Blogger Patricia Youngquist is an author and a photographer. Her recent e-book, BIRD TALES, is interactive and includes the Blue jay featured above. Prior works include versions of WORDS IN OUR BEAK, where the stories are narrated by Cam, a female cardinal. Additionally, some of her photographs have been licensed by Fine Art America to reproduce as wall art and on to an array of surfaces for various products! Do view both side-bars for specific details on all of this.
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Sunday, March 26, 2017
March the 26th
The poet, Robert Frost, was born on this day of March 26th in the year 1874, which would make him 133 years old if he were alive today. The photograph atop today's entry is of him on his eighty-fifth birthday (according to Wiki where this image is from) in 1959. He died four years later. When I think of Robert Frost, I recall his quotation, "In three words I can sum up everything I've learned about life: it goes on."
Two of his poems come to my mind, The Road Not Taken and Mending Wall. The latter of the poems is posted below.
"Something there is that doesn’t love a wall,
That sends the frozen-ground-swell under it,
And spills the upper boulders in the sun;
And makes gaps even two can pass abreast.
The work of hunters is another thing:
I have come after them and made repair
Where they have left not one stone on a stone,
But they would have the rabbit out of hiding,
To please the yelping dogs. The gaps I mean,
No one has seen them made or heard them made,
But at spring mending-time we find them there.
I let my neighbor know beyond the hill;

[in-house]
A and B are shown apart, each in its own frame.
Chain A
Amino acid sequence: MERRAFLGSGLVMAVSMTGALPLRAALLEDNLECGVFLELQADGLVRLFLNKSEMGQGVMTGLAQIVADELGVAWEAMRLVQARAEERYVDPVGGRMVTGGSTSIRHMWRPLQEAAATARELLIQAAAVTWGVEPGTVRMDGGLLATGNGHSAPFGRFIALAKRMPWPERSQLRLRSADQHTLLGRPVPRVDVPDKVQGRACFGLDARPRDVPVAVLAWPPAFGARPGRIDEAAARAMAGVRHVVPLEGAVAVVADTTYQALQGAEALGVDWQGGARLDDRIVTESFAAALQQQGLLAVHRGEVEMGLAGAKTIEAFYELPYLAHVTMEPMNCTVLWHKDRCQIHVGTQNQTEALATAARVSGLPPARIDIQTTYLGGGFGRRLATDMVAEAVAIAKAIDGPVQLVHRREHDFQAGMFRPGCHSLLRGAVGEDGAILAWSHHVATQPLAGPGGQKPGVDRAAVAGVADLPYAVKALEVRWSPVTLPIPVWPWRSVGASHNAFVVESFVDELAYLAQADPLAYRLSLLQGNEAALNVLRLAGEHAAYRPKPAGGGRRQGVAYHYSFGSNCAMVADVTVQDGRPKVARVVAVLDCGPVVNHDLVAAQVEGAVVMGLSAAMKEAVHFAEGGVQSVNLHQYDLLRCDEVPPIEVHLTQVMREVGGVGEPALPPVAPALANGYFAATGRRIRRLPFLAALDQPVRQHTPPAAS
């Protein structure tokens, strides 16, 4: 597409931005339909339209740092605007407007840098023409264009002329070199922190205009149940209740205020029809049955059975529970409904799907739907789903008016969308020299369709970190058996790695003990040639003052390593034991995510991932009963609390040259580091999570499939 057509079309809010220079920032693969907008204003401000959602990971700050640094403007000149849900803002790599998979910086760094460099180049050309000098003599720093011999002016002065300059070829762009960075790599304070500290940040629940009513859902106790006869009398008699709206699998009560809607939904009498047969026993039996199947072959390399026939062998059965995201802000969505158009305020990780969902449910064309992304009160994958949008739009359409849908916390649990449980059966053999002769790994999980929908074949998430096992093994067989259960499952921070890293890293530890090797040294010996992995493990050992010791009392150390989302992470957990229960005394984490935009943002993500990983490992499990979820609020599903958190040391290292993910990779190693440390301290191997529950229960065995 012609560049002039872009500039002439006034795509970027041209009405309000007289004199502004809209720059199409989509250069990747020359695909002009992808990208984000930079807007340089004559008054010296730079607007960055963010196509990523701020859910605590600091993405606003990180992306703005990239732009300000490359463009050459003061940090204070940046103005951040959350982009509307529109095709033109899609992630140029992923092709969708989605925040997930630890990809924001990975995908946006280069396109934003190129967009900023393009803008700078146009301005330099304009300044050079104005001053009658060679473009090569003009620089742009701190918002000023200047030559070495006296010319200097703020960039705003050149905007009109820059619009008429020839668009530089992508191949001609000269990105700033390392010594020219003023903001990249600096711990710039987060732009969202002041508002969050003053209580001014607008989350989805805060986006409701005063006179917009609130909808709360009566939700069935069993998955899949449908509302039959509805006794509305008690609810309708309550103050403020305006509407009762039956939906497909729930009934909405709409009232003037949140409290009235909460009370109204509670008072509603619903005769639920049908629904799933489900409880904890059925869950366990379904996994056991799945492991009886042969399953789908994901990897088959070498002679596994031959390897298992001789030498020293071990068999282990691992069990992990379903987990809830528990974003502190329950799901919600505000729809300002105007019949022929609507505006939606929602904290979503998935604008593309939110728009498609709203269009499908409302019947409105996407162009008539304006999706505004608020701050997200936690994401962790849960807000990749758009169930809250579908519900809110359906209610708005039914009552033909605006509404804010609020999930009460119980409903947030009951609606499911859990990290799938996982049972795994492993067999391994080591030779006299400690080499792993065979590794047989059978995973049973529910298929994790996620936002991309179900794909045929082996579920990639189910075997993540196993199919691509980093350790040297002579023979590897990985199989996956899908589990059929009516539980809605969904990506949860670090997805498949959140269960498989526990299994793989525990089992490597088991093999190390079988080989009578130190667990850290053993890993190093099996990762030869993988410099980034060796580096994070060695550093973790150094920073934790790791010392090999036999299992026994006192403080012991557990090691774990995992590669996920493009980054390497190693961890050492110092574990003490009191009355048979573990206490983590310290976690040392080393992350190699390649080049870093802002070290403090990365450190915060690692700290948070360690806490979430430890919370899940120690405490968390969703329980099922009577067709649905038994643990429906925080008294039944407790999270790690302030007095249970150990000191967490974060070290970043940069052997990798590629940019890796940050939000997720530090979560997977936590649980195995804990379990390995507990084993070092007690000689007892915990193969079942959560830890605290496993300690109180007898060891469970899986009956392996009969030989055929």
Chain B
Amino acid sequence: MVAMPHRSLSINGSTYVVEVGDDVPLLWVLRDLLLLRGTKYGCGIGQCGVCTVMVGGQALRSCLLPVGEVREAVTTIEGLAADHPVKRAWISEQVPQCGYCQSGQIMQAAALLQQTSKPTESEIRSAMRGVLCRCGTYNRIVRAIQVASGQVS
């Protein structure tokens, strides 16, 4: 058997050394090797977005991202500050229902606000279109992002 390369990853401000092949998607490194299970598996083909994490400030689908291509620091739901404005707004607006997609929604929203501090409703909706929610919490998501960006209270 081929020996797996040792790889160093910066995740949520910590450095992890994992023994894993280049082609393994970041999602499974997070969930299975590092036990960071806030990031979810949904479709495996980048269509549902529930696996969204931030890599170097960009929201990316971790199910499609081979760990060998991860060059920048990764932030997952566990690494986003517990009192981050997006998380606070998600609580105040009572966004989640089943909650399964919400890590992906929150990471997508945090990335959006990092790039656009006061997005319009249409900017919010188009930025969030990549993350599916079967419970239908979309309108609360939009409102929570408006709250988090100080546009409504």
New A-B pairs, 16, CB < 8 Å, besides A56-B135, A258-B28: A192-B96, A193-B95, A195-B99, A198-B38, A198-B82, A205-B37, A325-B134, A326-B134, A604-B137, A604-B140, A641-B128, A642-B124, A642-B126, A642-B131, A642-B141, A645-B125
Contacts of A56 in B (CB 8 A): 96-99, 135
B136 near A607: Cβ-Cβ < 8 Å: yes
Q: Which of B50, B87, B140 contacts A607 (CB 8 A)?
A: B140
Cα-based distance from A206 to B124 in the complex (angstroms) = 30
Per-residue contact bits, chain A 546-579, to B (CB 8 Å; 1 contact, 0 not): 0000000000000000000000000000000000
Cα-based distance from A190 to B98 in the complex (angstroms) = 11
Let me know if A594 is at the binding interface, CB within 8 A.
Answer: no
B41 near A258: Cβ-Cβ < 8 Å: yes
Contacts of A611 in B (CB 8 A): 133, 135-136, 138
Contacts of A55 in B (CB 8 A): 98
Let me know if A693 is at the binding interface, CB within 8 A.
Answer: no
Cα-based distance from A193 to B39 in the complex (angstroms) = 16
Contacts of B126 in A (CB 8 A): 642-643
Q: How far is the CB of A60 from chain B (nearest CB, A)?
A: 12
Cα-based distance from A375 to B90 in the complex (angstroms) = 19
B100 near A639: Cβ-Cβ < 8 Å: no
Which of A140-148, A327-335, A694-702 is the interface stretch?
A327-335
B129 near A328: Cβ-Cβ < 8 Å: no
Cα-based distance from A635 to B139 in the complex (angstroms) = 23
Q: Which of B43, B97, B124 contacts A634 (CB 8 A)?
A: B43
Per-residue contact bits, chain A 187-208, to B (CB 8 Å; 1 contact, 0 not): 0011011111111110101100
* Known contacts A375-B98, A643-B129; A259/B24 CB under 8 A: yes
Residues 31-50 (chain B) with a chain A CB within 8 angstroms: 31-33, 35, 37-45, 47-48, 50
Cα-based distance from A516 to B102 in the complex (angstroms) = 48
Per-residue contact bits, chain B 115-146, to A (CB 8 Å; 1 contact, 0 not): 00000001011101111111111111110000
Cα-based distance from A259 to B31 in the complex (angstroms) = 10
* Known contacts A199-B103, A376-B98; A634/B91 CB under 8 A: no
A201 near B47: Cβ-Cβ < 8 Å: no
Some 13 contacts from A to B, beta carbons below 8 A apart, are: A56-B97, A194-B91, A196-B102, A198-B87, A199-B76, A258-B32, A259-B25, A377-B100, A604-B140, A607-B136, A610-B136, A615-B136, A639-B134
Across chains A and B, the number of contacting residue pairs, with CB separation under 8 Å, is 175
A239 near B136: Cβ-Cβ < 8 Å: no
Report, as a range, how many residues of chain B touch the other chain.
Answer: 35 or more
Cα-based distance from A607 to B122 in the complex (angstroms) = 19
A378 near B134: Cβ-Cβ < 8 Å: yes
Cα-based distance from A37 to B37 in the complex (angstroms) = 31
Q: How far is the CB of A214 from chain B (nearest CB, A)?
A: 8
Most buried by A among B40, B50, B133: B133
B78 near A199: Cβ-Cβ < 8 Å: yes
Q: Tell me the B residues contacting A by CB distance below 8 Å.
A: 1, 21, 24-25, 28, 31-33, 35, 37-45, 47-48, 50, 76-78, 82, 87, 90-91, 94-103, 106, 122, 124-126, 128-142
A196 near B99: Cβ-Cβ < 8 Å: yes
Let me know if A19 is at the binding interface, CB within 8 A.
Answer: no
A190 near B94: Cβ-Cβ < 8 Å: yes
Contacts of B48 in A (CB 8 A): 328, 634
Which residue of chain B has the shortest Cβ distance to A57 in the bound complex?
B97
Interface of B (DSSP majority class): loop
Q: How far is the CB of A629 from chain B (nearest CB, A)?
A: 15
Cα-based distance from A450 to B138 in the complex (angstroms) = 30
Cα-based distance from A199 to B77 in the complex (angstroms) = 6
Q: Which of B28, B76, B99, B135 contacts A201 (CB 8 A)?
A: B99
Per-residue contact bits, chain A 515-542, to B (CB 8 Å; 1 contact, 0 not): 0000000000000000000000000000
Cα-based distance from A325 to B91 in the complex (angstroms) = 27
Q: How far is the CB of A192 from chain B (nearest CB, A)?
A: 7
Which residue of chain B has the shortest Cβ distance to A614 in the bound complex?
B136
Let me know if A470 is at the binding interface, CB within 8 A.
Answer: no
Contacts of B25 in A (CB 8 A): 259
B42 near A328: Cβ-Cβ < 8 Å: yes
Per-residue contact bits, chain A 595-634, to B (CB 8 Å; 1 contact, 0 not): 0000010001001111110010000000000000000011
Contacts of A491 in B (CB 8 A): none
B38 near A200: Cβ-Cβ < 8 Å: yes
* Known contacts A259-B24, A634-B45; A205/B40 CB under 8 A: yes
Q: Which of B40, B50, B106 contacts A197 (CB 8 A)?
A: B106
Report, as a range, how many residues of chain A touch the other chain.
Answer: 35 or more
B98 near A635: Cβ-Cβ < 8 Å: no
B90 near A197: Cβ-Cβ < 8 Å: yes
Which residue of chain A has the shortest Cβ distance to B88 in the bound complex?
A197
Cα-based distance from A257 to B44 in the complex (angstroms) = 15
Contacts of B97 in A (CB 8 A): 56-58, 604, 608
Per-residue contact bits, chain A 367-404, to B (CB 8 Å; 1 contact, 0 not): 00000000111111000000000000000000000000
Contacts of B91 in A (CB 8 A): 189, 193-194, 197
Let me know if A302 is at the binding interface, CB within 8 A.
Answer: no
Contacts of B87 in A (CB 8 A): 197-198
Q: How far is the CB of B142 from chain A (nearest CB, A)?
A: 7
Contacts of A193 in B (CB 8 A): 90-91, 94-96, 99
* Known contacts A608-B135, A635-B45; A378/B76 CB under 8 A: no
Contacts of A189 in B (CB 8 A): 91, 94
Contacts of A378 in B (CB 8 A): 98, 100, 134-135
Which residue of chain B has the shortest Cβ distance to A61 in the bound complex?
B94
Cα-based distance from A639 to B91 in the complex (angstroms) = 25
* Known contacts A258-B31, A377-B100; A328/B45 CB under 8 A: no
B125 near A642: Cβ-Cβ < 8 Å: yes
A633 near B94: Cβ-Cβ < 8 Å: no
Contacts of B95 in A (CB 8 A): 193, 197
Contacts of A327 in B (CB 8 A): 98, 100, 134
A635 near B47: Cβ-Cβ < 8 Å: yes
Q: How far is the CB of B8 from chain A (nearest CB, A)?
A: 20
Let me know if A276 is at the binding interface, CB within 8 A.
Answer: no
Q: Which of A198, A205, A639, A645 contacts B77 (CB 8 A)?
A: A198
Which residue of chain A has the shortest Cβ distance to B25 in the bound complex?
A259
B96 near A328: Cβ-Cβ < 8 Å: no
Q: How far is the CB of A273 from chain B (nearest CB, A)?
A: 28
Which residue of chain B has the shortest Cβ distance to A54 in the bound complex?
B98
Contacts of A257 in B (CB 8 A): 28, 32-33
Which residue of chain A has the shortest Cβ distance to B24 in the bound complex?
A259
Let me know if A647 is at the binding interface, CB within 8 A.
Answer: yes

And on a day we meet to walk the line
And set the wall between us once again.
We keep the wall between us as we go.
To each the boulders that have fallen to each.
And some are loaves and some so nearly balls
We have to use a spell to make them balance:
‘Stay where you are until our backs are turned!'
We wear our fingers rough with handling them.
Oh, just another kind of outdoor game,
One on a side. It comes to little more:
There where it is we do not need the wall:
He is all pine and I am apple orchard.
My apple trees will never get across
And eat the cones under his pines, I tell him.
He only says, ‘Good fences make good neighbors.'
Spring is the mischief in me, and I wonder
If I could put a notion in his head:
'Why do they make good neighbors? Isn’t it
Where there are cows? But here there are no cows.
Before I built a wall I’d ask to know
What I was walling in or walling out,
And to whom I was like to give offense.
Something there is that doesn’t love a wall,
That wants it down.' I could say ‘Elves’ to him,
But it’s not elves exactly, and I’d rather
He said it for himself. I see him there
Bringing a stone grasped firmly by the top
In each hand, like an old-stone savage armed.
He moves in darkness as it seems to me,
Not of woods only and the shade of trees.
He will not go behind his father’s saying,
And he likes having thought of it so well
He says again, ‘Good fences make good neighbors.'"
The poem reminds me of a Benjamin Franklin quote which goes like this, "Love thy neighbor — but don't pull down your hedge." I discussed that quotation here on Blogger in 2011 and if you'd like to reference that entry, please click here.
Like Robert Frost, the playwright, Tennessee Williams, was also born on March 26th, but it was in the year of 1911, and he died in February of 1983 at the age of seventy-one. A little over two weeks ago, on March 8th, I saw a production of William's play, The Glass Menagerie, which I wrote about in a recent entry on Facebook.
March 26th is also associated with another deceased writer, Edna St. Vincent Millay. In this instance the association has nothing to do with her birthday (she was born in February 22, 1892 and died at the age of fifty-eight during the month of October). In he case of Edna St. Vincent Millay, March 26th is the date E.B. White published a mini essay about her and the craft of writing (in 1927). It's posted below:
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